The Truman Sho is Alexander’s first formal solo release, out now on Benton and Mike Caridi’s label Double Double Whammy. Alexander describes the album as so “self-referential that it keeps going back in on itself.” The songs that form The Truman Sho had been in Alexander’s pocket for awhile. The first track, “Wooden Flooring”, was the first song he did for the tape club. Alexander says he is maybe most happy with that one out of all because of his own “personal love for Mount Eerie.” The album certainly does garner Phil Elvrum comparisons. The Truman Sho is composed of careful guitar pop songs with striking lyrics that hit you right in the chest. Alexander delivers these lyrics in a stream-of-consciousness style that ensures its sincerity.
Two women at the table next to us pop open a bottle of champagne around the time I ask Alexander how his music and his art relate to each other. “In the last year, I have been making a lot more connections between what Beat Happening does and the things I make,” he says. This includes exploring “the melodies that really get you, the chords that tug at your heart,” and realizing that the minimal can be the most powerful.
Like his music, Alexander’s art finds itself on the side of amateurism and minimalism. I think of his piece “my name submerged in the ground”, a paper mache sculpture that shows just the tips of his name peeking out of the ground. The piece represents everything I hear when listening to Alexander’s music: simplicity, cleverness, and the fingerprints of the artist.
At this point, our meeting has devolved from an interview to the type of conversation you might have with friends on a porch late in the evening. We discuss our own personal philosophies, question many unanswerable concepts, and basically admit that we both have a lot to learn. At one point we discuss Robert M. Pirsig’s Zen and the Art of Motorcycle Maintenance: An Inquiry Into Values, a novel that we both have read and enjoyed. Though the book is chock-full of Zen Buddhist quotes, one in particular seems to summarize my time with Alexander: “We’re in such a hurry most of the time we never get much chance to talk. The result is a kind of endless day-to-day shallowness, a monotony that leaves a person wondering years later where all the time went and sorry that it’s all gone.” The fact that we have both taken time out of our busy schedules to chat has taken on a certain unexpected significance.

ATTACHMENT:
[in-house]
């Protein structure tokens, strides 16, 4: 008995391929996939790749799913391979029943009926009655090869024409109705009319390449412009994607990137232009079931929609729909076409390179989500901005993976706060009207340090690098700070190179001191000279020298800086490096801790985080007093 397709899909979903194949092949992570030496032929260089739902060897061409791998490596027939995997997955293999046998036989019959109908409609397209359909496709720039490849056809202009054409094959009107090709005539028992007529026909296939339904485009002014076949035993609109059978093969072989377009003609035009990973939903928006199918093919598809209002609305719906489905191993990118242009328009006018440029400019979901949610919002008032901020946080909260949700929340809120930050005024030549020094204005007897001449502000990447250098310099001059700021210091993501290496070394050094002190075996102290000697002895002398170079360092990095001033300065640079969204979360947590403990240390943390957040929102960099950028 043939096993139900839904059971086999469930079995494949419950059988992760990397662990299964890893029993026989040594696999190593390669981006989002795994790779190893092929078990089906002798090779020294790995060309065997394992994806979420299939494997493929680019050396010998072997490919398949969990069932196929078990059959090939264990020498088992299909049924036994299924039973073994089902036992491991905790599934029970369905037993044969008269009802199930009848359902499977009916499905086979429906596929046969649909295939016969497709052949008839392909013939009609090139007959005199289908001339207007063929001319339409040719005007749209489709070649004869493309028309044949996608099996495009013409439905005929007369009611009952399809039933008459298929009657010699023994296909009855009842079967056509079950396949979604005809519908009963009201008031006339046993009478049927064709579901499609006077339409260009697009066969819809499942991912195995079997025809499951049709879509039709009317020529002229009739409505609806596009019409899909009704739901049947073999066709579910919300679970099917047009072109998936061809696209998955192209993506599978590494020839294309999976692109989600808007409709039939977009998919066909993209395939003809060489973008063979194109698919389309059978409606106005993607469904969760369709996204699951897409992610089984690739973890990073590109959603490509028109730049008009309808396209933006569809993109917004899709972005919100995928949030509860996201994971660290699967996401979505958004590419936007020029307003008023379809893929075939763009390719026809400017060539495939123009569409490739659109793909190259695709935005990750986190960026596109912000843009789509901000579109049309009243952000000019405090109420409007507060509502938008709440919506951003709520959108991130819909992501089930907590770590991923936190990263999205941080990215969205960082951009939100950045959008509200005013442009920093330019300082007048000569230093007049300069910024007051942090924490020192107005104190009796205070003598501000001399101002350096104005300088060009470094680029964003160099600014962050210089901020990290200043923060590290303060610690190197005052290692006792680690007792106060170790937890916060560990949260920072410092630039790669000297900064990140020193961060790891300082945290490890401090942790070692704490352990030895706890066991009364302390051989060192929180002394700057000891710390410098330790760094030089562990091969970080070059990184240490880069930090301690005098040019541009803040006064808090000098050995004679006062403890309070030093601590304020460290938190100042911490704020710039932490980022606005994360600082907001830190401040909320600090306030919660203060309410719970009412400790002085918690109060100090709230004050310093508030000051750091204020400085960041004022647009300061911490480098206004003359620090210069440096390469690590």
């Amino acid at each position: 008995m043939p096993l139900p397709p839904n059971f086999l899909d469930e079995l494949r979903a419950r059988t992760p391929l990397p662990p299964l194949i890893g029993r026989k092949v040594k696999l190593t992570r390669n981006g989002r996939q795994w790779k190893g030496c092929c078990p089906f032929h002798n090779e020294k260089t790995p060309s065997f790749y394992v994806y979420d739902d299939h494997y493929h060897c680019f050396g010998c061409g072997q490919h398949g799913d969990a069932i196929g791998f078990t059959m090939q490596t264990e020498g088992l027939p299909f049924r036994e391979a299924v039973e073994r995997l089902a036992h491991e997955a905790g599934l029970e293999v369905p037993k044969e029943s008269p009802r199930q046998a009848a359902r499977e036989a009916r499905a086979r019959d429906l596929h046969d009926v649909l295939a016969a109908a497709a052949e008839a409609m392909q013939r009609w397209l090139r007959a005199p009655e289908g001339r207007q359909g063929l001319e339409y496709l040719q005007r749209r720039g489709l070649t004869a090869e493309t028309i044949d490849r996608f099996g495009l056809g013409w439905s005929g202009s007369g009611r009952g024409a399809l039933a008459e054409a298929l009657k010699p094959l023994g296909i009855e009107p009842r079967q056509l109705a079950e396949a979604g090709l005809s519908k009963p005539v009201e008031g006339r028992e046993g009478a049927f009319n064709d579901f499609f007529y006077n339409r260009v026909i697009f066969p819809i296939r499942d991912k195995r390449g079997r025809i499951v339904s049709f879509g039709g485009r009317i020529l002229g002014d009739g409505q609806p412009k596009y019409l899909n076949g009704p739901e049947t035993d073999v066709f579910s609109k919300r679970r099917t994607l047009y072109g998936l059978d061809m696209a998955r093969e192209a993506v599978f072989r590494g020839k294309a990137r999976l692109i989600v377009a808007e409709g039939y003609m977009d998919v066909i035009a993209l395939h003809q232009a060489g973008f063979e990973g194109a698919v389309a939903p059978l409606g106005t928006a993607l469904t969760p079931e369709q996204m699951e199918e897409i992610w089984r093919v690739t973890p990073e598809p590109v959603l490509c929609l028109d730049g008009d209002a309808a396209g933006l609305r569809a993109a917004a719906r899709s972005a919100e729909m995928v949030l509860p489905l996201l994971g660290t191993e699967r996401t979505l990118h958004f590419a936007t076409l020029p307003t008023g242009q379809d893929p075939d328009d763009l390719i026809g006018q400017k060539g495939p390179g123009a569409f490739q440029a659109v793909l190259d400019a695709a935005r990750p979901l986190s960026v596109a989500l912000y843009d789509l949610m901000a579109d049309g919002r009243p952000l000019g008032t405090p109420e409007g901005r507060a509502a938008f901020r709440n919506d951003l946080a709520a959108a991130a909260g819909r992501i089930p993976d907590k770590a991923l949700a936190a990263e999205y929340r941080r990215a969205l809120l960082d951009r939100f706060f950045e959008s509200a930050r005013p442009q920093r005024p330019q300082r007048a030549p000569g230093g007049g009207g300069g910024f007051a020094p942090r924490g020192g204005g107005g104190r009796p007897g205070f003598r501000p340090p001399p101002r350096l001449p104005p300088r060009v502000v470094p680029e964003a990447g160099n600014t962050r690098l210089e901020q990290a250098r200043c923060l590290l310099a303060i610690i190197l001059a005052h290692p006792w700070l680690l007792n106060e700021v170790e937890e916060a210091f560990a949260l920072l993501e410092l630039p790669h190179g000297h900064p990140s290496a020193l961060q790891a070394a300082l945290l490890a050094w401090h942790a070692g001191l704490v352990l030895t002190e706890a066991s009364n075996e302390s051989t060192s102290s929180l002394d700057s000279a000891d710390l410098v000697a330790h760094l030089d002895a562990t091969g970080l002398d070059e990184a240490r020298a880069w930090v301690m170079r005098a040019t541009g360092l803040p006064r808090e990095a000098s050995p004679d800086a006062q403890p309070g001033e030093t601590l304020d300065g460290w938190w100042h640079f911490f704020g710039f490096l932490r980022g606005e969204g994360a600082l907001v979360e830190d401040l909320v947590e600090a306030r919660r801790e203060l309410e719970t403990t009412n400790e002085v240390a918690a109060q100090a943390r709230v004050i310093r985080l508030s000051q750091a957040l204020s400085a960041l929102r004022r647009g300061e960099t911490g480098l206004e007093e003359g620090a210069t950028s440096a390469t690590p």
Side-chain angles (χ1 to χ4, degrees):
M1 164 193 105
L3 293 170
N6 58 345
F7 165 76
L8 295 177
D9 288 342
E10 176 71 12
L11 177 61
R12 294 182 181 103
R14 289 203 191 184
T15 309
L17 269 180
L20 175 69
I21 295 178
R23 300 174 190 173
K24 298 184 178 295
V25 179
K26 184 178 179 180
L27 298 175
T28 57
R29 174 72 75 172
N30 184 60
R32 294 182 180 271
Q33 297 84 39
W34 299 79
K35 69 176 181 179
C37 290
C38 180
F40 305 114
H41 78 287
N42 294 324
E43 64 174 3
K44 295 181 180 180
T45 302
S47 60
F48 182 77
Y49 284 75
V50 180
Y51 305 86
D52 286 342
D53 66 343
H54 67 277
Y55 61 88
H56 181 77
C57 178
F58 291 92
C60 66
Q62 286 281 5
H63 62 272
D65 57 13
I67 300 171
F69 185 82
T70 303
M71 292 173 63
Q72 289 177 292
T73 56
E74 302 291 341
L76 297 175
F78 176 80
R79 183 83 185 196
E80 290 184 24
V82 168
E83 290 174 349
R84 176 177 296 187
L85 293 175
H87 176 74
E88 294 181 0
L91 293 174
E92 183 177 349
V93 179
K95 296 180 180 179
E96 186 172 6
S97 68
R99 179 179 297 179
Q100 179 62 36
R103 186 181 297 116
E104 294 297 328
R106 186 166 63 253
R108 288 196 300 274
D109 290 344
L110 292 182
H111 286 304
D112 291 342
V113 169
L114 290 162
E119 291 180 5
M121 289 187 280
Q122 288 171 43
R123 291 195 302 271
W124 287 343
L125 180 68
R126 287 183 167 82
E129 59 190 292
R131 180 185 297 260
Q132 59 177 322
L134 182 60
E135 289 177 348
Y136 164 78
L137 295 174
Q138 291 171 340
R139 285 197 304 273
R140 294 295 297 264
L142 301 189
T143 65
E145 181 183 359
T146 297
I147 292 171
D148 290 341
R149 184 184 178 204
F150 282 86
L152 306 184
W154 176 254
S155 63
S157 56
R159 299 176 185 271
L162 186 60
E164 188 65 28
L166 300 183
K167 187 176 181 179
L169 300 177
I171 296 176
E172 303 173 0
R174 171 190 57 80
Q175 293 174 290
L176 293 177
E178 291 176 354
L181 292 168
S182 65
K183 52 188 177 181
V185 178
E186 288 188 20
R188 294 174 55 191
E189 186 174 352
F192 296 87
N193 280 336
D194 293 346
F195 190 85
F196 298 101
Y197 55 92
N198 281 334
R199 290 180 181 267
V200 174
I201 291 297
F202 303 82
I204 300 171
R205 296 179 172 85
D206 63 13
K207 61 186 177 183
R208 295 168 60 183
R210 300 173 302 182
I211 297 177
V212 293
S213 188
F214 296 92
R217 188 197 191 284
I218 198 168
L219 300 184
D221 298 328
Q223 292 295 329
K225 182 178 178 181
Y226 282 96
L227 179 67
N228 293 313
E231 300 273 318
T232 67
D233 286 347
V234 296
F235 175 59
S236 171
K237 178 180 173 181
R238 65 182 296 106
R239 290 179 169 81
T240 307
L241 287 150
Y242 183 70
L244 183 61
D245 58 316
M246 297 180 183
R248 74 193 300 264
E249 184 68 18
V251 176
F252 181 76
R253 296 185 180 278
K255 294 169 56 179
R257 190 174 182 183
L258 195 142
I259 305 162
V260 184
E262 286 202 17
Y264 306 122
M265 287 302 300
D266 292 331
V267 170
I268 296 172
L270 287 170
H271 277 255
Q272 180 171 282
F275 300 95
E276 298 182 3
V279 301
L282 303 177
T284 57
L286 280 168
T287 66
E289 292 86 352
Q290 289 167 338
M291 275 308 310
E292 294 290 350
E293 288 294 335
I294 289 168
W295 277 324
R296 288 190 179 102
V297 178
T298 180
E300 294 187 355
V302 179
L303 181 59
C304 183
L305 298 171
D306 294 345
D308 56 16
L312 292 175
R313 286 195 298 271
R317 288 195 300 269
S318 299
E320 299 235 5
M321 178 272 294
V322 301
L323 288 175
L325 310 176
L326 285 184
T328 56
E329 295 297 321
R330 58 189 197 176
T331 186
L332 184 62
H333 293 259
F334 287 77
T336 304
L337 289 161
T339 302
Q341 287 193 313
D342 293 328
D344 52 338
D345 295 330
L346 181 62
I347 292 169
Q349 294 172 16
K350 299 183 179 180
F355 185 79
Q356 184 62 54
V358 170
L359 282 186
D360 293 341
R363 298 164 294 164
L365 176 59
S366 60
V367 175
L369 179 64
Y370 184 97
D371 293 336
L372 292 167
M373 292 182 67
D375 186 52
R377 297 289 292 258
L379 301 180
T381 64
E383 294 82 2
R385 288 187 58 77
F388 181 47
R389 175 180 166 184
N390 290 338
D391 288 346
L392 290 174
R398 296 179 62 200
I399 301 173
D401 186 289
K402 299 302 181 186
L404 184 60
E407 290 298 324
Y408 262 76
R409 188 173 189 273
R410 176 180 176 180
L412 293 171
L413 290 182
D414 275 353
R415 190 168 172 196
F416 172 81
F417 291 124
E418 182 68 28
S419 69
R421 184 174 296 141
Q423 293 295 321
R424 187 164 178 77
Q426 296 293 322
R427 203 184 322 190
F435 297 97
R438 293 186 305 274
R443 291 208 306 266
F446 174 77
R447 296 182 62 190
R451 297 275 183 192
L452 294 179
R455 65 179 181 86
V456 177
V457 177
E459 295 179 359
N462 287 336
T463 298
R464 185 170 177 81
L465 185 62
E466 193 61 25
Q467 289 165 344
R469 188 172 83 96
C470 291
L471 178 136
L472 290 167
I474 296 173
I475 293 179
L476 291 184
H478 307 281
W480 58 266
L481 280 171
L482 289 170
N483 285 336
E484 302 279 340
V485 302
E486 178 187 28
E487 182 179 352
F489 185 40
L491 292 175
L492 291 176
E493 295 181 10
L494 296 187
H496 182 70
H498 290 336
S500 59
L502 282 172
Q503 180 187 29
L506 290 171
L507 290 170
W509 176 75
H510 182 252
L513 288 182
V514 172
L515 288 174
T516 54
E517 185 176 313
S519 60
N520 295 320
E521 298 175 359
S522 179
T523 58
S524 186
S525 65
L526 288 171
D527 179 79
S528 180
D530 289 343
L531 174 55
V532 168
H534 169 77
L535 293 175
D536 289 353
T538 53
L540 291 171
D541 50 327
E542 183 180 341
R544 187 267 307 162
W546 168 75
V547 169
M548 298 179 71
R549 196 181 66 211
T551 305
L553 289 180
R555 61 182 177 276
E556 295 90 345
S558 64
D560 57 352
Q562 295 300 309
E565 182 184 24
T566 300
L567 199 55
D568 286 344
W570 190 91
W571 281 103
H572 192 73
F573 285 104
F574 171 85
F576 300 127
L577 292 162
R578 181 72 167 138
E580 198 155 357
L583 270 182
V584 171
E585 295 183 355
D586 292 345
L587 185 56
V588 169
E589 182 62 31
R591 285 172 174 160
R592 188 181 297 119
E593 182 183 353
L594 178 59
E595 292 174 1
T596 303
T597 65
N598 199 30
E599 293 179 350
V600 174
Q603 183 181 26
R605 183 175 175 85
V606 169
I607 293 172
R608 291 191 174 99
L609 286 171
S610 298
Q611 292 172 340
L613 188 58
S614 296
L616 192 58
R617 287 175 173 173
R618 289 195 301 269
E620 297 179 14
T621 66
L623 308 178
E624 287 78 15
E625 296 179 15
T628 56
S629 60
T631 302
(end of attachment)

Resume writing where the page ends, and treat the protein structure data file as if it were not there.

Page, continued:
Alexander talks about art, music, and Buddhism in similar terms. “For the music stuff, [Buddhism] relates more to the process of being an amateur and the process of discovering and being in the world in a way that has some sort of a turn where you’re interacting and giving out as much as you are taking back in,” he says. “The term I was using for awhile is being a method actor, like playing yourself but playing the role of yourself in a way that you’re really aware of everything that you’re doing, with a little bit less of the ego. You’re playing the role of yourself but also being yourself.”
Like myself, Alexander’s personal interest in Zen is based around “caring about your attention to action as a way of spiritual communion with the non-dualistic world (i.e., where time is less of a factor and each object or thing has an inherent and inseparable relationship with every other object or thing in 'the world'), one that is less interested in the Eastern cultural context that usually comes bundled with that stuff so we can just talk about how we live and care for others.” As I watch him paint small, precise squiggles on his soap dispenser, I believe that Alexander is a truly caring individual.
Alexander’s college graduation has left him feeling full of doubt, so of course I ask him the question that every recent grad wants to hear: “What’s next?” Alexander says that he plans on staying in Baltimore, citing an emotional connection to the city’s music and art. He and his housemates hope to continue their monthly brunch show, Noise Waffle Sunday, in which they cook up hundreds of waffles for anywhere between 30 and 50 people and generally offer up a cool place to hang out and hear music. Art-wise, one of Alexander’s paintings was recently picked by art critic Jerry Saltz for the Chatauqua 57th Annual Exhibition of Contemporary Art.
But what’s next for Alexander and I as we vacate the pottery studio are móle french fries, a discussion about Calvin Johnson, and, simply, the pleasantries of good company.